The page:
In drought-strapped Southwest Colorado, the outlook for fall colors this season is that they likely won’t be as vibrant or last as long as normal, but that doesn’t mean it won’t be worth getting out into nature before the leaves drop.
Southwest Colorado has been in a prolonged, multiyear drought. But this current dry spell began in October 2019 and lasted through the winter. Though high-elevation weather stations recorded about normal snowpack levels, researchers estimated snow levels throughout the region were below average.
This spring was all but void of precipitation. April saw just 10% of normal precipitation levels for the region, making it one of the driest months on record. From October to April, the region saw 70% of its average precipitation levels.
And then, the monsoon failed to show up in full force this summer. For the year, precipitation is about half of normal, according to a weather station at Durango-La Plata County Airport.
The U.S. Drought Monitor has the entire southwest corner of the state listed in an “extreme drought.”
All this to say trees are stressed, and that’s going to affect how bright leaves will be this fall and how long the fall color viewing season will last, said Dan West, an entomologist with the Colorado State Forest Service.
“They’re obviously stressed from lack of water,” he said. “And it looks as though the window for the peak ... is going to be a little bit earlier this year than we would see in a year of average precipitation.”
The driving force for leaves changing their color is day length, West said. But drought-stressed trees can shut down their systems earlier than normal to conserve energy and water.
“For the average person, if you go to the same cabin or location year after year, and know what day it typically peaks, you might see it happen earlier,” West said.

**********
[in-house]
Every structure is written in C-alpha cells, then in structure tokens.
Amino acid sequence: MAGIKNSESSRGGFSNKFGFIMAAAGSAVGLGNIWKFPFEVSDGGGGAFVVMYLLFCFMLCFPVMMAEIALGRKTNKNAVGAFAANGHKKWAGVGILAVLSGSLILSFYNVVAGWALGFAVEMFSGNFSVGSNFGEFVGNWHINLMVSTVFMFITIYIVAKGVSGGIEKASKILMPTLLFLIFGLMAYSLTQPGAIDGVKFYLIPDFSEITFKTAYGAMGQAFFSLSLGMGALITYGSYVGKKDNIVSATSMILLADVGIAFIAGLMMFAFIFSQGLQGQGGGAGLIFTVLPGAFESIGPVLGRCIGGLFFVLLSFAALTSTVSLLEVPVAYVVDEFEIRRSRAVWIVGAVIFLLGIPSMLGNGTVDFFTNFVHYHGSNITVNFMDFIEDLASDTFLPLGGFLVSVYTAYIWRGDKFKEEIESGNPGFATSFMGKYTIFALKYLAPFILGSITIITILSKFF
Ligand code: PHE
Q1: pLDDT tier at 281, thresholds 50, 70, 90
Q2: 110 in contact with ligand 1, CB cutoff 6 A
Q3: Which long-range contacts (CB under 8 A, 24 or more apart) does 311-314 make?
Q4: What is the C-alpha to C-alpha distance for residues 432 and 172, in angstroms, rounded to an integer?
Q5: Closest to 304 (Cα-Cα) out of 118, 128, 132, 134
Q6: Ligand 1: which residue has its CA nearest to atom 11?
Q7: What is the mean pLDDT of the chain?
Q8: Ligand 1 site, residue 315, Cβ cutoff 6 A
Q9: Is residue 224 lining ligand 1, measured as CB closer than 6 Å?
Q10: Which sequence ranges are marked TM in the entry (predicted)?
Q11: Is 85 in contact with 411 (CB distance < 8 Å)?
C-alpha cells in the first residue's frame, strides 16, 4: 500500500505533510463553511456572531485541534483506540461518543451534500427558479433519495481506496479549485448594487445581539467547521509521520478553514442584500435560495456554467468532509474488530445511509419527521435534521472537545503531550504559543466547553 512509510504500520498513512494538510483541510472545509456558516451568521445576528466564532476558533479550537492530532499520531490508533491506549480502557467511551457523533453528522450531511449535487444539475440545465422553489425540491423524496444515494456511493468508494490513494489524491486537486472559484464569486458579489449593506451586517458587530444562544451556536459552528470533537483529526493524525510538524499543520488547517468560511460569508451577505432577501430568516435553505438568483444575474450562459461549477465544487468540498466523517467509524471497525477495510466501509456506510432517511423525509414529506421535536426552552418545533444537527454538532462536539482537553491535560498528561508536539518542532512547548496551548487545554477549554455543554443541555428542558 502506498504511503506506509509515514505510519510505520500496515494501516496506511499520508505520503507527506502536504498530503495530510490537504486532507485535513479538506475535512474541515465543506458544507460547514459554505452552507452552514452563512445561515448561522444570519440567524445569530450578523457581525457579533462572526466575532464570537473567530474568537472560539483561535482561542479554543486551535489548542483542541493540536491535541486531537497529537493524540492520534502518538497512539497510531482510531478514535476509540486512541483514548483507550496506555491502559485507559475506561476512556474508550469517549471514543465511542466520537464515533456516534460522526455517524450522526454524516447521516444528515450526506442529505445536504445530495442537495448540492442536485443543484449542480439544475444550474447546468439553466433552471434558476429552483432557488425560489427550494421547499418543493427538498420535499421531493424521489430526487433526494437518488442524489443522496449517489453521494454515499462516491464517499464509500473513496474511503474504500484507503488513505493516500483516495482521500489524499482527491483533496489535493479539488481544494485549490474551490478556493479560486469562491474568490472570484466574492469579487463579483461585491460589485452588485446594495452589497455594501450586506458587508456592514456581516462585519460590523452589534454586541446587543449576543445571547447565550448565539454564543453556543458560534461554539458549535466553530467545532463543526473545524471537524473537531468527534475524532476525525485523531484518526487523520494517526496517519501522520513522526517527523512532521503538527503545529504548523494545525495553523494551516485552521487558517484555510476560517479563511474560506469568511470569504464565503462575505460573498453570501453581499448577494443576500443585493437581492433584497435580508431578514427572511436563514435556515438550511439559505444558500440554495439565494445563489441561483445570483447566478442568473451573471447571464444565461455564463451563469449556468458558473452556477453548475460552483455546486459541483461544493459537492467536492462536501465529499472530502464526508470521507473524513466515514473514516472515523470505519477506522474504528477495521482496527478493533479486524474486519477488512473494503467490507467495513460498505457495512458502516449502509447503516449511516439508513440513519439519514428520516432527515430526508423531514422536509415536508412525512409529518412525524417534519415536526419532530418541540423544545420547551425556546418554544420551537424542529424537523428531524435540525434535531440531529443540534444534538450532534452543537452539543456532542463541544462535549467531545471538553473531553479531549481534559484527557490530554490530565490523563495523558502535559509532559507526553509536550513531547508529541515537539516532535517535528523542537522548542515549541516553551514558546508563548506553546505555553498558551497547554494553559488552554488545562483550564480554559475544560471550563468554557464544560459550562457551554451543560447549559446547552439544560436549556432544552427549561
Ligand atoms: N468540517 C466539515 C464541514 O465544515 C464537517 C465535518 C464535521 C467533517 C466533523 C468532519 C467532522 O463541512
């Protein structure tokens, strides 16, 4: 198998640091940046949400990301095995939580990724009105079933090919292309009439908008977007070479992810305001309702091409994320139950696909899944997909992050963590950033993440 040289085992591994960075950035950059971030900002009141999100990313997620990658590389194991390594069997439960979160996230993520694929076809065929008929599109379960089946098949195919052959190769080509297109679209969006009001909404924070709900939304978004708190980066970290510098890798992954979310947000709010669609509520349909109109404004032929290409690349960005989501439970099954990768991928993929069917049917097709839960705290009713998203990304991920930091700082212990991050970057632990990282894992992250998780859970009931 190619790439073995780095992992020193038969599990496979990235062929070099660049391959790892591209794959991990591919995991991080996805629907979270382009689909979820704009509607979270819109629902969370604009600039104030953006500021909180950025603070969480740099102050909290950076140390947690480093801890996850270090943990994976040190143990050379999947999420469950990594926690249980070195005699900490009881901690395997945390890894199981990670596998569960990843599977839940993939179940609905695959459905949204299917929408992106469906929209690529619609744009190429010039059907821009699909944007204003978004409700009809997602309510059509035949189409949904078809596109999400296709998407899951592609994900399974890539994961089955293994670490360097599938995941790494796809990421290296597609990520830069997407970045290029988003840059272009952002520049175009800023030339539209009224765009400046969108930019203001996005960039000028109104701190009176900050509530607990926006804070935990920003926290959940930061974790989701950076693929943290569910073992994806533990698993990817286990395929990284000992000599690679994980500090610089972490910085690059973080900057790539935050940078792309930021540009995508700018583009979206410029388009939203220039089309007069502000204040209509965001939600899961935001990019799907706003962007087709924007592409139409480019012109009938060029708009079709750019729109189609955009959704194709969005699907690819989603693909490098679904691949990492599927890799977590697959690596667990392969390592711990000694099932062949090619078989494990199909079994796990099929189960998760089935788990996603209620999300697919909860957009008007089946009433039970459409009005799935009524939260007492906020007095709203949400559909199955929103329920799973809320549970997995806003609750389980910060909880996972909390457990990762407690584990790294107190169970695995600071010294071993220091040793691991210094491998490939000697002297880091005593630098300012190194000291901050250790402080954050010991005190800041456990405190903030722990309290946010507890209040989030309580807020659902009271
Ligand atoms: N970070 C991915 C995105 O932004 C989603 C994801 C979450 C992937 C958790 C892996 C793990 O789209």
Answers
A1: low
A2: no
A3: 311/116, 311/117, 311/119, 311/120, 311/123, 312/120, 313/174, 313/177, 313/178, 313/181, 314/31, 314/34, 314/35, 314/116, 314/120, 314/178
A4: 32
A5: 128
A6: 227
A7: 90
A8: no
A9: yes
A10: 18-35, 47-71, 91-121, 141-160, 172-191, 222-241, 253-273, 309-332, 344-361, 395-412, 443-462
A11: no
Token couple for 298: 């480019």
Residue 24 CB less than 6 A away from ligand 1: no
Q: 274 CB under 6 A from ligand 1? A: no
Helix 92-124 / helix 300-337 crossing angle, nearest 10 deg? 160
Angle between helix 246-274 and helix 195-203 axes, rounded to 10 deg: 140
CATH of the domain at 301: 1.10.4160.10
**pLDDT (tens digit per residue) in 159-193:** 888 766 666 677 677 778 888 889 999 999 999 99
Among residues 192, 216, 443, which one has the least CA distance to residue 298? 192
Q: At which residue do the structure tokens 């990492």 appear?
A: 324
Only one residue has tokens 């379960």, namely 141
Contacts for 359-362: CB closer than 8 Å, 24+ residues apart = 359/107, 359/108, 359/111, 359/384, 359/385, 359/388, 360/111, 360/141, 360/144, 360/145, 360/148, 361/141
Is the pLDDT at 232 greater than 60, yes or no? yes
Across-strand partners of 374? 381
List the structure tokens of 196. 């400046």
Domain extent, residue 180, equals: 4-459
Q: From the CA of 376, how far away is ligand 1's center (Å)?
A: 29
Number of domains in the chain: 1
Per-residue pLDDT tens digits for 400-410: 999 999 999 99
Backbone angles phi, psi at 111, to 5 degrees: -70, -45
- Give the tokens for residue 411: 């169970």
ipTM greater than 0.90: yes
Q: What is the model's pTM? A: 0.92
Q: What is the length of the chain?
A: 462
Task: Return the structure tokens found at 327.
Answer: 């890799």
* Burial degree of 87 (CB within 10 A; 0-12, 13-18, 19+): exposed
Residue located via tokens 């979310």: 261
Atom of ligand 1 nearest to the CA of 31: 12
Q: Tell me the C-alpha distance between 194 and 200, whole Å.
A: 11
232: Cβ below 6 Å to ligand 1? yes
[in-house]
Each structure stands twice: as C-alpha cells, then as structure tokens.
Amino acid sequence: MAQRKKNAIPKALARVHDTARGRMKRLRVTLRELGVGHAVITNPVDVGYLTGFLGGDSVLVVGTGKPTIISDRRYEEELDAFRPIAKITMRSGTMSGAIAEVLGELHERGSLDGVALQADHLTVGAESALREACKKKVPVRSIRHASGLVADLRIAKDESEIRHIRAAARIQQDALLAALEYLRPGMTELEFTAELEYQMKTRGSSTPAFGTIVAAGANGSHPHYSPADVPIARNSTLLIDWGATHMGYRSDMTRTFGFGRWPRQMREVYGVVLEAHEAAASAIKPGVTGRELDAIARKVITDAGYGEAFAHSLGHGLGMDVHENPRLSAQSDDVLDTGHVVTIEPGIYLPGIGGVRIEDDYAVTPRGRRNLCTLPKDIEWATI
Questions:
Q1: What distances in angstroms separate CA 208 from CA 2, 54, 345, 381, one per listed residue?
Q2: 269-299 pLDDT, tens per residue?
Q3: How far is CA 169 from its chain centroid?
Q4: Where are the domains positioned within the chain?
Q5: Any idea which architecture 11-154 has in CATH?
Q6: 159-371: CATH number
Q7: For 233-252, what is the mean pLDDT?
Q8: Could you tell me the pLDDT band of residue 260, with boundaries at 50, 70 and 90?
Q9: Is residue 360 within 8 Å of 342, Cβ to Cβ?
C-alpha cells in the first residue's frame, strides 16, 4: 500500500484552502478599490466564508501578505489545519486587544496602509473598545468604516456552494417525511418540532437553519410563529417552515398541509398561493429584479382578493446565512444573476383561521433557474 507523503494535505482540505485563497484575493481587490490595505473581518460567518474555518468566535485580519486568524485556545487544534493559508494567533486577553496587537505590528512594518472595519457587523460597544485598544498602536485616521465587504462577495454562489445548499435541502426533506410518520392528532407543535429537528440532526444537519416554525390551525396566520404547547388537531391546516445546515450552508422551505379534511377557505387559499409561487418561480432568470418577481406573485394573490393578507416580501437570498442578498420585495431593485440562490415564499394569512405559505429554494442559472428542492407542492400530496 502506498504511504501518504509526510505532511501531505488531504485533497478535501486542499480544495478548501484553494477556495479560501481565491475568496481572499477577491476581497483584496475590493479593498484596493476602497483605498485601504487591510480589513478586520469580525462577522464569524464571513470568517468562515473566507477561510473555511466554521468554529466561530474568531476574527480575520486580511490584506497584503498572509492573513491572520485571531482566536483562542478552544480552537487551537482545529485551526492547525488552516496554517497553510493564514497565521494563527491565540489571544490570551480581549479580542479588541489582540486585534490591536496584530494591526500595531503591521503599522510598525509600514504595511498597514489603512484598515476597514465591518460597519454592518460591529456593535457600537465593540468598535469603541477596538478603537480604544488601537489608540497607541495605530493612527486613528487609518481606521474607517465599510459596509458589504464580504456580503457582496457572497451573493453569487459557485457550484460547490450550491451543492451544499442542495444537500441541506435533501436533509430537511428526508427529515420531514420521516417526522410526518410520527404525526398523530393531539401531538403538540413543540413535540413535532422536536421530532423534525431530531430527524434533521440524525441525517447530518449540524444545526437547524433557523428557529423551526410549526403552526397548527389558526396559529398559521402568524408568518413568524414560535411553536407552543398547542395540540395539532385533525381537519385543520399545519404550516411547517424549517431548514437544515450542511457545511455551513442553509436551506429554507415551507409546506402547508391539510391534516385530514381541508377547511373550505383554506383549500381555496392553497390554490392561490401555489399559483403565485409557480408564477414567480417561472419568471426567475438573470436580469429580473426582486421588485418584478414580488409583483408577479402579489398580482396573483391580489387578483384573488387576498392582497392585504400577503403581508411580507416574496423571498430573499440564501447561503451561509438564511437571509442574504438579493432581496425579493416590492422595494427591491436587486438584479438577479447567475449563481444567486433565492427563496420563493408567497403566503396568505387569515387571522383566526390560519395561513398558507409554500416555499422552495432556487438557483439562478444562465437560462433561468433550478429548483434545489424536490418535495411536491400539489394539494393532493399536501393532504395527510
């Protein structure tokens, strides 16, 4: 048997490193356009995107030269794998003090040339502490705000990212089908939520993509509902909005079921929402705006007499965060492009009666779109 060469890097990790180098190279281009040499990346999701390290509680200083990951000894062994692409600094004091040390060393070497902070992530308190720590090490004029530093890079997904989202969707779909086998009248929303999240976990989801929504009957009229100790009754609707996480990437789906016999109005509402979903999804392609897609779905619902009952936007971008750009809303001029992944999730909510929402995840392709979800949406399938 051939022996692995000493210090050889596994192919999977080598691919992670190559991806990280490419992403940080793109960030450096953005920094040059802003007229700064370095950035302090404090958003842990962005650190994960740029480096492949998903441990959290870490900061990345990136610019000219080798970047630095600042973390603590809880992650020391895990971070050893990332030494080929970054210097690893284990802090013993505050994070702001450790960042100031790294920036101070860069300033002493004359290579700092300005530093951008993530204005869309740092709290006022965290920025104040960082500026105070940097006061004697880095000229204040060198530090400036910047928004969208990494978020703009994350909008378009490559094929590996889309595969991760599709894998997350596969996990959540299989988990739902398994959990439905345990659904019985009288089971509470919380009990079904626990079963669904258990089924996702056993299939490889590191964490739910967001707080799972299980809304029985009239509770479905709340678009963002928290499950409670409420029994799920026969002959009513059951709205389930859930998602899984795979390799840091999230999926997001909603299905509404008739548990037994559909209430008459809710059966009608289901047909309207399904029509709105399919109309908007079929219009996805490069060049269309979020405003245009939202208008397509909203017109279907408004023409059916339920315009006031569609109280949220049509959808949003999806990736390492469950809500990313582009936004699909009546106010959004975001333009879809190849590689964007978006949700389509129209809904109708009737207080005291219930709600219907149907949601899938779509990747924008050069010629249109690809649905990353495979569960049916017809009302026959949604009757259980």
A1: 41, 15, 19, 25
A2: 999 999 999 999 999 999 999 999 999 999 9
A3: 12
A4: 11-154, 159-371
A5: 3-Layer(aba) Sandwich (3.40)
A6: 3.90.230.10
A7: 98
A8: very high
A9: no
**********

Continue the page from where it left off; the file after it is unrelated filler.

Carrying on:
For the past two decades or so, the U.S. Forest Service has maintained and operated a Fall Colors Report for the most up-to-date information about how fall color conditions are shaping up in the forest.
Matt Tuten, a forester with the U.S. Forest Service’s Pagosa and Columbine ranger districts, said fall colors begin with golden yellow quaking aspen at the highest elevations and narrow leaf cottonwoods in low-lying cold areas as early as late August.
But aspens, which put on fall’s brightest show and account for 20% of Colorado’s forests, usually peak near the end of September to early October, which is typically a few weeks later than trees in most of the rest of the state.
“The color will usually last until a windy and wet cold front moves through, which could be as short as a few days or several weeks depending on the weather,” Tuten said.
After a few cold nights at lower elevations, Tuten said Gambel oak brush will turn orange and red. He noted that many low-lying oak woodlands had a hard frost this spring, which killed many new oak leaves.
“In these areas, oak colors will probably be subdued somewhat this year since these trees didn’t fully leaf out,” he said.
Michael Remke, a forest health research associate with Mountain Studies Institute, said as days shorten and temperatures drop, chlorophyll production, which provides trees with food, begins to slow before winter dormancy.
Trees stressed from drought, however, tend to accelerate this process, causing colors to not be as bright and trees to shed their leaves earlier than normal, Remke said.
And it appears, even if some late-season monsoonal rains were to arrive, it’s too late to change the fate of this fall foliage.
“Rain might help with some of the oak,” Remke said. “But at this point in the year, trees are investing more carbon into their roots, so it’s a little too late.”
But West said all things considered, it should be a good show.
“There’s a chance some of the stands will drop leaves earlier, and some of the colors will be muted/diluted because of drought stress,” he said. “But people will still have a decent show. That’s why it’s called Colorful Colorado.”